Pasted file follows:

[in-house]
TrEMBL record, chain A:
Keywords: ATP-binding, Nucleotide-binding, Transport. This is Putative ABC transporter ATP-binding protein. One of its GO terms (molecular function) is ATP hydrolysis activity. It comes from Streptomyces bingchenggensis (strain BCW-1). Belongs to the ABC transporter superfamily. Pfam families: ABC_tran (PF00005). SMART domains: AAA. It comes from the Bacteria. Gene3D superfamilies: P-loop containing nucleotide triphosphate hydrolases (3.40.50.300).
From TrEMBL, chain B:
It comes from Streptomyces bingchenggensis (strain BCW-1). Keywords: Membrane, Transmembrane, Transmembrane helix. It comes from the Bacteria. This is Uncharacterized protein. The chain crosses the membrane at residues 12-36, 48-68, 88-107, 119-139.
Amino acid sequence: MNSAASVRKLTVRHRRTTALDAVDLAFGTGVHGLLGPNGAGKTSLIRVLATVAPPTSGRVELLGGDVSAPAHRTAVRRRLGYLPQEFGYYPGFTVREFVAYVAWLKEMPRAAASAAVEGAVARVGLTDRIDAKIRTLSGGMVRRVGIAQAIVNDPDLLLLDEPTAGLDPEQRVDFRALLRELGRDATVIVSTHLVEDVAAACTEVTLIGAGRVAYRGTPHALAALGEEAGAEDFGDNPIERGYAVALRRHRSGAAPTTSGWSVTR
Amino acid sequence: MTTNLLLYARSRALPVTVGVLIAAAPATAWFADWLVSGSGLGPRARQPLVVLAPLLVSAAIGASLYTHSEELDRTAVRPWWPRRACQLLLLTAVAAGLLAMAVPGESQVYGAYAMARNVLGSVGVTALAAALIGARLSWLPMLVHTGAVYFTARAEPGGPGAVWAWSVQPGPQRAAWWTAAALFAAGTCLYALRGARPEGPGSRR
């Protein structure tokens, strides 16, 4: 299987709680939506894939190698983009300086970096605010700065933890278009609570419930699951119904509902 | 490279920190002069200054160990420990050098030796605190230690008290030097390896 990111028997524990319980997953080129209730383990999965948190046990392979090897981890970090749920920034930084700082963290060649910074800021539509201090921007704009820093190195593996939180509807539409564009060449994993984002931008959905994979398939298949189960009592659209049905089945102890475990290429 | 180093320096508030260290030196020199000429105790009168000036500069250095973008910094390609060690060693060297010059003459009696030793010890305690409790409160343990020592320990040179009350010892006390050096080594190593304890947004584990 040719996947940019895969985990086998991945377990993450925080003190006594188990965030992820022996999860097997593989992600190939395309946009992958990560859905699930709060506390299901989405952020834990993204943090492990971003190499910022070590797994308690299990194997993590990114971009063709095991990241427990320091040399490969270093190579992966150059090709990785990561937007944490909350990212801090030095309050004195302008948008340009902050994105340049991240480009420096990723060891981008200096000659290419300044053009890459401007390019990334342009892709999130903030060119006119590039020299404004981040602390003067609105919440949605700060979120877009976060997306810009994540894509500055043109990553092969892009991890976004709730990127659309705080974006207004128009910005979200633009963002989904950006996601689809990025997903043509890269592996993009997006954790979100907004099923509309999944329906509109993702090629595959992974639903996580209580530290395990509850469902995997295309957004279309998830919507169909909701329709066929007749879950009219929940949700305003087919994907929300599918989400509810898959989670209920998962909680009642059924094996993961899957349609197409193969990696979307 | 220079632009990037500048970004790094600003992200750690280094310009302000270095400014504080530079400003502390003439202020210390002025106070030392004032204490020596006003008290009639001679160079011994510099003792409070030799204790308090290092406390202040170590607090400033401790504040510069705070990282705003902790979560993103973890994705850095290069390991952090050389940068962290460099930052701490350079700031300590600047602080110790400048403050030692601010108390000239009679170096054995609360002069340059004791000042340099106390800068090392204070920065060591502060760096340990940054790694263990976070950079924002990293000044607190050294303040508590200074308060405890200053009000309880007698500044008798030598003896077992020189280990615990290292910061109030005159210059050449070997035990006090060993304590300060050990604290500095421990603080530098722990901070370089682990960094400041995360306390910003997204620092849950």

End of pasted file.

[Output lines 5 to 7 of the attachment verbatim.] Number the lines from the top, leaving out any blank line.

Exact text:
It comes from Streptomyces bingchenggensis (strain BCW-1). Keywords: Membrane, Transmembrane, Transmembrane helix. It comes from the Bacteria. This is Uncharacterized protein. The chain crosses the membrane at residues 12-36, 48-68, 88-107, 119-139.
Amino acid sequence: MNSAASVRKLTVRHRRTTALDAVDLAFGTGVHGLLGPNGAGKTSLIRVLATVAPPTSGRVELLGGDVSAPAHRTAVRRRLGYLPQEFGYYPGFTVREFVAYVAWLKEMPRAAASAAVEGAVARVGLTDRIDAKIRTLSGGMVRRVGIAQAIVNDPDLLLLDEPTAGLDPEQRVDFRALLRELGRDATVIVSTHLVEDVAAACTEVTLIGAGRVAYRGTPHALAALGEEAGAEDFGDNPIERGYAVALRRHRSGAAPTTSGWSVTR
Amino acid sequence: MTTNLLLYARSRALPVTVGVLIAAAPATAWFADWLVSGSGLGPRARQPLVVLAPLLVSAAIGASLYTHSEELDRTAVRPWWPRRACQLLLLTAVAAGLLAMAVPGESQVYGAYAMARNVLGSVGVTALAAALIGARLSWLPMLVHTGAVYFTARAEPGGPGAVWAWSVQPGPQRAAWWTAAALFAAGTCLYALRGARPEGPGSRR